The final steps of the journey...
The final editing of the logo image and catchphrase took into account the consultation we have undertaken over the past nine months or so with the different groups of our school community. From parents, to students, to staff, to cultural considerations and to our learning philosophy, we have worked hard to finalise an image and 'catchphrase' that draws elements from all of these perspectives.
From the connection to the very name of our school, to the physical elements that surround our place, and how we are working to frame the learning environment for our children, we believe we have found a strong and powerful image and metaphor that will carry our school strongly into the future.
Our proposed logo draws on a number of elements. The three shapes represent our people, our land, and our place. ‘Our people’ is represented by the swoosh entering the reversed out koru (cooler blue – not yet warmed/changed by the warmer water – the school).
The reversed out koru is composed of ‘our land’ (symbolized by Mt Tauhara in green) and ‘our place’ (symbolized by the scorching waters). Together they form the koru shape – acknowledging the importance of both. The swoosh entering the koru also symbolizes the pathway.
The three shapes also link ‘loosely’ with the Maori proverb:
He aha te mea nui o te ao - What is the most important thing in the world?
He tangata, he tangata, he tangata - It is the people, it is the people, it is the people
The name of our school is closely associated with the name of our local area, and needs to be representative of both this and of the carving that stands beside our actual school sign. By giving respect to these elements through the use of the correct name - ‘Waipāhīhī-a-Tia’ - we again acknowledge the connection to our place, our people and our land. Our name translate to ‘the place of scorching waters’ and along with the carving standing beside it acknowledges Tia, who has both a prominent place in the whakapapa of our whole area, and in the korero of our school (as he was gifted to the school by a whanau to symbolise the kaitiaki or guardianship that the school had provided for their children/grandchildren).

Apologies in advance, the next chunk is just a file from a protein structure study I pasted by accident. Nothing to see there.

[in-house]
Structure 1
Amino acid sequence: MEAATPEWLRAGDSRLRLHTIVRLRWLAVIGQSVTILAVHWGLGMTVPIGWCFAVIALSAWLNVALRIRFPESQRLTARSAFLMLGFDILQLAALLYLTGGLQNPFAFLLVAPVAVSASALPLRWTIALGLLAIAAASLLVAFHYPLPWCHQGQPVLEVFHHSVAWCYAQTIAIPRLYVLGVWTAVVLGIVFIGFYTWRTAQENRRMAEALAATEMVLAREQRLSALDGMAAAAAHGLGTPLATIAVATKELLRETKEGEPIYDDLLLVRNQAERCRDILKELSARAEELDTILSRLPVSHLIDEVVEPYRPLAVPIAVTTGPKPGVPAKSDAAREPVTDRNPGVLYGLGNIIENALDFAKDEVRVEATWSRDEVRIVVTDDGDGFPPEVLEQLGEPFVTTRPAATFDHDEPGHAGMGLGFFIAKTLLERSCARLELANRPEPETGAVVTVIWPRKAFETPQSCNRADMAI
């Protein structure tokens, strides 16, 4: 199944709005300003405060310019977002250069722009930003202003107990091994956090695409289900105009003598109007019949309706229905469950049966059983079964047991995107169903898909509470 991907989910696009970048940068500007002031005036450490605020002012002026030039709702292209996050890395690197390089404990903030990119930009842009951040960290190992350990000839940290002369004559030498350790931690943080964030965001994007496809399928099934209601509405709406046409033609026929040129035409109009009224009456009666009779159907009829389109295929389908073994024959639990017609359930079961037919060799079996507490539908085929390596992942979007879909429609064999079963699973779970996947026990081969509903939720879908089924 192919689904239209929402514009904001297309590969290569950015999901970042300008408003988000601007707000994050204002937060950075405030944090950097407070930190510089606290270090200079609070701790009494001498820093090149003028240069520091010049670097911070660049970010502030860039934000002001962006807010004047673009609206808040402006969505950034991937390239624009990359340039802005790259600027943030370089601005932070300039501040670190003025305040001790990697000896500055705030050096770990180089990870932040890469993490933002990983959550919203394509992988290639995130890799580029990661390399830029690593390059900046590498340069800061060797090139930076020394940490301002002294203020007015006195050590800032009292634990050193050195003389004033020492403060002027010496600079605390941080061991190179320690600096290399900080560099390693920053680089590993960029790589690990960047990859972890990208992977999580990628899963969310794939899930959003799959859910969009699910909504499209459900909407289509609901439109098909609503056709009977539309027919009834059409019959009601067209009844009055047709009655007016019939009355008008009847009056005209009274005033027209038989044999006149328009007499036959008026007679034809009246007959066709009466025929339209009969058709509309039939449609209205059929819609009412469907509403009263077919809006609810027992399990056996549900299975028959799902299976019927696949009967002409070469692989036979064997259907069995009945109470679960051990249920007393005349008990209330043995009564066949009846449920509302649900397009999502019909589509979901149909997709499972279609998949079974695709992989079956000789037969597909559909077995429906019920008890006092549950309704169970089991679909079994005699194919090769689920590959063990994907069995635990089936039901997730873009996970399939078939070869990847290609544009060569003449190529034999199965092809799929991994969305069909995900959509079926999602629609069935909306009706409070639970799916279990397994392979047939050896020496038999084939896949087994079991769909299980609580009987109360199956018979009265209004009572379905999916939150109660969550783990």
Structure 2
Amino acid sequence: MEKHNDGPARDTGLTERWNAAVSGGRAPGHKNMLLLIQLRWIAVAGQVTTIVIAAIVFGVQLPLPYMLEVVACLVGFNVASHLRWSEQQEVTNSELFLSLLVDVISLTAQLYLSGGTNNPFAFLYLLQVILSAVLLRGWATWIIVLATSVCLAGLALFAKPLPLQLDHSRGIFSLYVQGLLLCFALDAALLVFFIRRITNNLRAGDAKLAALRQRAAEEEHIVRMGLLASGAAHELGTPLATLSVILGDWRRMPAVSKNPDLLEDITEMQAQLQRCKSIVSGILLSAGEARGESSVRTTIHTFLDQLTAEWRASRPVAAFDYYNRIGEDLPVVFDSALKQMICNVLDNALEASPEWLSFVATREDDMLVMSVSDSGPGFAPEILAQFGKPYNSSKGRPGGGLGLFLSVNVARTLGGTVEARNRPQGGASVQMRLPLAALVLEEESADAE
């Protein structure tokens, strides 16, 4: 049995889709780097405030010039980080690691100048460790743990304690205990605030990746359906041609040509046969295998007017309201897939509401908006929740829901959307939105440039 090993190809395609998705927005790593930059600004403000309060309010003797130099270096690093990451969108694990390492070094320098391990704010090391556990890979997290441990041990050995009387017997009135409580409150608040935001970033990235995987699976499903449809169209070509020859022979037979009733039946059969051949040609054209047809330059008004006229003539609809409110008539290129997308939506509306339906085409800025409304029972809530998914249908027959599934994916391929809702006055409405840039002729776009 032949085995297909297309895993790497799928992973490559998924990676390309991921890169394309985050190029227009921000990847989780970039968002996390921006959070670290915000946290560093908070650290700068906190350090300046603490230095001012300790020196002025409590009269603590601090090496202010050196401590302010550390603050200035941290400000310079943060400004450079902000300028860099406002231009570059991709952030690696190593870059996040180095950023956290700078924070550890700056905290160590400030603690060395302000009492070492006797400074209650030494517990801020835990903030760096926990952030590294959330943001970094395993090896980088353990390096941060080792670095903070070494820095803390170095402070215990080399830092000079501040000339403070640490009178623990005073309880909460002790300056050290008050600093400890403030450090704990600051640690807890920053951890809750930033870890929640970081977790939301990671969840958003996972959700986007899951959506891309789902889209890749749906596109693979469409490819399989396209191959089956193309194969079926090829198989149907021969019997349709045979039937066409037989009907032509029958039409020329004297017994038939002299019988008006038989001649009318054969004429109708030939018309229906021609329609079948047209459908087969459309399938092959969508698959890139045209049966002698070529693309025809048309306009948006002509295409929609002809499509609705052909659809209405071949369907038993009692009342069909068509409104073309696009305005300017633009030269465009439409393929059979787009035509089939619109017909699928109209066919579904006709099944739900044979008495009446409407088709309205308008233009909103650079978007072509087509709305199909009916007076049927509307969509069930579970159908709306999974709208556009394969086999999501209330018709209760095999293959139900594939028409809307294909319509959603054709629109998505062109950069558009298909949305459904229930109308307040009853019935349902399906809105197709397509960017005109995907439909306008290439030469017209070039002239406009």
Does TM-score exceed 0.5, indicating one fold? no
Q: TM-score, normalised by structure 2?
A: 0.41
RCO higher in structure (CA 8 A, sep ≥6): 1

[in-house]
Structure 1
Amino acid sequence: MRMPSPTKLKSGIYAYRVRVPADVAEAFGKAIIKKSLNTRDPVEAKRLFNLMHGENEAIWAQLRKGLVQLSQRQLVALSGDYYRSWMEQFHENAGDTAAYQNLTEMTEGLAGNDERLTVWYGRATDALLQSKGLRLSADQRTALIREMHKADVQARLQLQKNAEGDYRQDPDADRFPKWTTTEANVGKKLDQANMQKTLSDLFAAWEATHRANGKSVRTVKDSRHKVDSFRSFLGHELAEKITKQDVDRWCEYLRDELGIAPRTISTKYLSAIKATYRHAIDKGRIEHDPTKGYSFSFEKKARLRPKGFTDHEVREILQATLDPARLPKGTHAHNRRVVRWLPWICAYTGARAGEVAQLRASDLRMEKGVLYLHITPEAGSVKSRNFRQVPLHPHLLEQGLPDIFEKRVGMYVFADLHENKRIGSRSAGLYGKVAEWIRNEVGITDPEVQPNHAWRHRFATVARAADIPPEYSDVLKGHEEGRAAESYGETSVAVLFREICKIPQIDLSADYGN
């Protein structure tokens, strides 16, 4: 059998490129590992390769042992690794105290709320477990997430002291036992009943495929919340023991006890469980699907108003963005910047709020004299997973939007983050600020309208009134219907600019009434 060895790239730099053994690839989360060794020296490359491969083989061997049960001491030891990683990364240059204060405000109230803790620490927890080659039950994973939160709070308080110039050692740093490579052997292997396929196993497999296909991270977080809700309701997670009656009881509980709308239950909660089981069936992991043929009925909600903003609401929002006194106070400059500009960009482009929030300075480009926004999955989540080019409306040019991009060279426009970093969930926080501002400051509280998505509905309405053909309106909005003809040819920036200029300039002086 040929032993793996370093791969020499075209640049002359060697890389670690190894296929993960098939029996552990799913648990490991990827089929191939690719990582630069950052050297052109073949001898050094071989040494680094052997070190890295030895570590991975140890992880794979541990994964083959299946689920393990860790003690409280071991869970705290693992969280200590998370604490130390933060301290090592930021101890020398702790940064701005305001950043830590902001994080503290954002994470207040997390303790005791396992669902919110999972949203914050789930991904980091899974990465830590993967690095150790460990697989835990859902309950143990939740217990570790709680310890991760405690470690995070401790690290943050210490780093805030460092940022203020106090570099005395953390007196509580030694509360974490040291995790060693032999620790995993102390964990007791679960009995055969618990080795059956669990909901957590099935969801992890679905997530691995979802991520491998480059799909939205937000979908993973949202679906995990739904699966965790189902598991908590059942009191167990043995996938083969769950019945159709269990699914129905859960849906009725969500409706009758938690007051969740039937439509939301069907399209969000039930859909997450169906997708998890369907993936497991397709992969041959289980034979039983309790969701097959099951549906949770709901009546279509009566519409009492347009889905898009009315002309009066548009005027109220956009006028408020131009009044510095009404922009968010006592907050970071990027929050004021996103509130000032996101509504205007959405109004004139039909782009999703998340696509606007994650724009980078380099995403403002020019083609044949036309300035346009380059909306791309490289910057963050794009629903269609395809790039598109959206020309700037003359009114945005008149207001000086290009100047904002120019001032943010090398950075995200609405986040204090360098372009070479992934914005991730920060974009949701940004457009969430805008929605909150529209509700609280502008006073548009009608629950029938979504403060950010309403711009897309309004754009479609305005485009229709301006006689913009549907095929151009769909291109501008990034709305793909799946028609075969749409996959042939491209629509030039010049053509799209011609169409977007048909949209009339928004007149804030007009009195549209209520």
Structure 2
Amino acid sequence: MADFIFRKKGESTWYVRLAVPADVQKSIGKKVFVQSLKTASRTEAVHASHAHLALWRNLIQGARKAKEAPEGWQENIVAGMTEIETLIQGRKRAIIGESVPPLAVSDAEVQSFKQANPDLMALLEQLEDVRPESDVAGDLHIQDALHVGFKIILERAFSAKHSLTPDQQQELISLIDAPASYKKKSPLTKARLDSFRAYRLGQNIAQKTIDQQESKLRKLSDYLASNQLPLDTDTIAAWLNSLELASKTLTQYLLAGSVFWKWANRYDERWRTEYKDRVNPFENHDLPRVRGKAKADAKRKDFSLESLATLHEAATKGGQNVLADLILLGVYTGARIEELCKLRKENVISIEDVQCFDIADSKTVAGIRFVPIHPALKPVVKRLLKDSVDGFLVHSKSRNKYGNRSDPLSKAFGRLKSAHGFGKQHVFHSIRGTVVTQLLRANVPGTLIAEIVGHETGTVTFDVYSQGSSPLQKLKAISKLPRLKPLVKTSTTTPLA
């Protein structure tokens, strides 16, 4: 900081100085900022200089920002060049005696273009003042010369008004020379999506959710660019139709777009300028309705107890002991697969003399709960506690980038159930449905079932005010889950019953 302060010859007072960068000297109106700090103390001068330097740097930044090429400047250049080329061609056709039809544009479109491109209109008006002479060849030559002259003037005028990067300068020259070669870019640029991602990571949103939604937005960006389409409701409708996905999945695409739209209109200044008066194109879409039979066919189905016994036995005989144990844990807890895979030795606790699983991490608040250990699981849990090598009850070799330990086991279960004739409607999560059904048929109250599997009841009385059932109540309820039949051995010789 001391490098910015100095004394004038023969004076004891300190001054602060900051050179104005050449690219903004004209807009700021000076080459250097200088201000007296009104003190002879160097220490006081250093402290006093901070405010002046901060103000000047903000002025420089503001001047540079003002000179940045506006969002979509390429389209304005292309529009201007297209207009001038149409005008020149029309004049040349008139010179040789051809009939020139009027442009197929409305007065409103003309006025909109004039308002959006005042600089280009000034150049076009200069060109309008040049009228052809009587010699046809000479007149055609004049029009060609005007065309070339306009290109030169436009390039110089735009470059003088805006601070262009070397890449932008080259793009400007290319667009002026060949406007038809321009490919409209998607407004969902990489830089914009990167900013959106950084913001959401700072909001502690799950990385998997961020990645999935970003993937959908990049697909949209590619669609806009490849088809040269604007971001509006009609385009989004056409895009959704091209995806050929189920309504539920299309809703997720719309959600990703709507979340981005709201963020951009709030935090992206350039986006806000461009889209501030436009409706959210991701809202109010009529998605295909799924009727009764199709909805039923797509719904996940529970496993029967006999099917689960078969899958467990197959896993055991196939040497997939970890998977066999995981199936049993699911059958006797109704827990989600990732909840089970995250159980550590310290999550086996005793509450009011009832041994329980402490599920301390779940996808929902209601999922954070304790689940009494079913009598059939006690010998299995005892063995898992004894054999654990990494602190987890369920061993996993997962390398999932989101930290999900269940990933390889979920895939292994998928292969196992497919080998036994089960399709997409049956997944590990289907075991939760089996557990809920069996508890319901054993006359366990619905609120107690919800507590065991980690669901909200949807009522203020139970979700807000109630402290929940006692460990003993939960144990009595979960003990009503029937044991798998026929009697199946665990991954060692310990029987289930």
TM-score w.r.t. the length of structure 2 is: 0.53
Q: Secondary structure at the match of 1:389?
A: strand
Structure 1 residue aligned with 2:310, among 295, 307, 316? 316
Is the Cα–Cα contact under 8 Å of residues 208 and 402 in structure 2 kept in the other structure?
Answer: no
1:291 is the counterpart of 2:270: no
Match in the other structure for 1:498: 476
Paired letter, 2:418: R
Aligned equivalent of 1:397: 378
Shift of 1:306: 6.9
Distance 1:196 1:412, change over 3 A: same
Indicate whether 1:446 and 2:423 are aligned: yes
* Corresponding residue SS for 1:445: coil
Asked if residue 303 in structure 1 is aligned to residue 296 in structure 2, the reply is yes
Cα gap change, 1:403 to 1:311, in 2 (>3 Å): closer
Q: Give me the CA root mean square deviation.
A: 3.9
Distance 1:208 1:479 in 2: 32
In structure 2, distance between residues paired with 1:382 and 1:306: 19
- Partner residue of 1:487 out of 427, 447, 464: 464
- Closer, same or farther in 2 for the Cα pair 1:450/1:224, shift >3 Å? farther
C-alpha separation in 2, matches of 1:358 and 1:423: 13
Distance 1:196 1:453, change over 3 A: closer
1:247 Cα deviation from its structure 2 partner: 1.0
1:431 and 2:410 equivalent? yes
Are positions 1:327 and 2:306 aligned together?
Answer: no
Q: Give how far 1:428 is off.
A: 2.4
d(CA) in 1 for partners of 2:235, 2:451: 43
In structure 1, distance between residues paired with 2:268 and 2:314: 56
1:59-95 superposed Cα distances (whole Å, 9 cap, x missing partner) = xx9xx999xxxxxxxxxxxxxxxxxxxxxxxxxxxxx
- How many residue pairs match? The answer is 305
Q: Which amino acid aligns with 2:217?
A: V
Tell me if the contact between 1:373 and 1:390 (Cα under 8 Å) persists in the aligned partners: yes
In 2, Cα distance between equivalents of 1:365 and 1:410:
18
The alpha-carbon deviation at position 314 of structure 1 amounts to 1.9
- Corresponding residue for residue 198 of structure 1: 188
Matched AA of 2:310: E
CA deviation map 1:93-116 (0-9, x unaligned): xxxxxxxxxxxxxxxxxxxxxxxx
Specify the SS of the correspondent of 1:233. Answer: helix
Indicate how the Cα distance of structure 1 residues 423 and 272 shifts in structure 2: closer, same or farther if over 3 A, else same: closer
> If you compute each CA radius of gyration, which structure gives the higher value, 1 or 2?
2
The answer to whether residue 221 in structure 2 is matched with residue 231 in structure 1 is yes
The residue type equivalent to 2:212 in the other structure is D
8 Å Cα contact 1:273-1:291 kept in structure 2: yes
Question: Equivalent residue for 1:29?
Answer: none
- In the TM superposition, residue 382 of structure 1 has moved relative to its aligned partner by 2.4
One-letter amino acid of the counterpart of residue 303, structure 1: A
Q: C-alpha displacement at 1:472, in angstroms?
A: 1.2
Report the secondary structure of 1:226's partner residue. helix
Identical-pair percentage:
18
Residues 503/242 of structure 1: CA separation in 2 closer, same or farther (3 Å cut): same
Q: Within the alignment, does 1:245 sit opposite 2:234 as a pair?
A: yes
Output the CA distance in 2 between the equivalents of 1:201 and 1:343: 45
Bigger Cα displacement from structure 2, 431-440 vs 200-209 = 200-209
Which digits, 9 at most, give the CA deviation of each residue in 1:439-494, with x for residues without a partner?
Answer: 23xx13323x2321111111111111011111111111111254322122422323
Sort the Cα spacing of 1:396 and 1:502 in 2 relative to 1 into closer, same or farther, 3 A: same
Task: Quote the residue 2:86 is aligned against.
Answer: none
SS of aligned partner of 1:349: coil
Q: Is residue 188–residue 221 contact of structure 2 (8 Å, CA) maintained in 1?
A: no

In coming up with the finalised 'catchphrase', we wanted to strongly link the imagery that our school name means around 'scorching water' and the learning that takes place at Waipāhīhī. “Immersed in Learning” is a broad statement to represent the ‘bigger picture’. “Immersed” means involving oneself deeply in a particular activity. In this case, the activity is learning and it’s deep learning. Surface retention of facts and figures that are rote learned in formal transitional learning environments are not enough anymore. To be successful in this century we need to know how to take some knowledge, connect it to new ideas and to take it deeper.
'Immersed in Learning' ties in nicely with our core learning beliefs (Curiosity, Collaboration & Connection) that are then exampled through our key principles and practices that underpin our teaching and learning philosophy.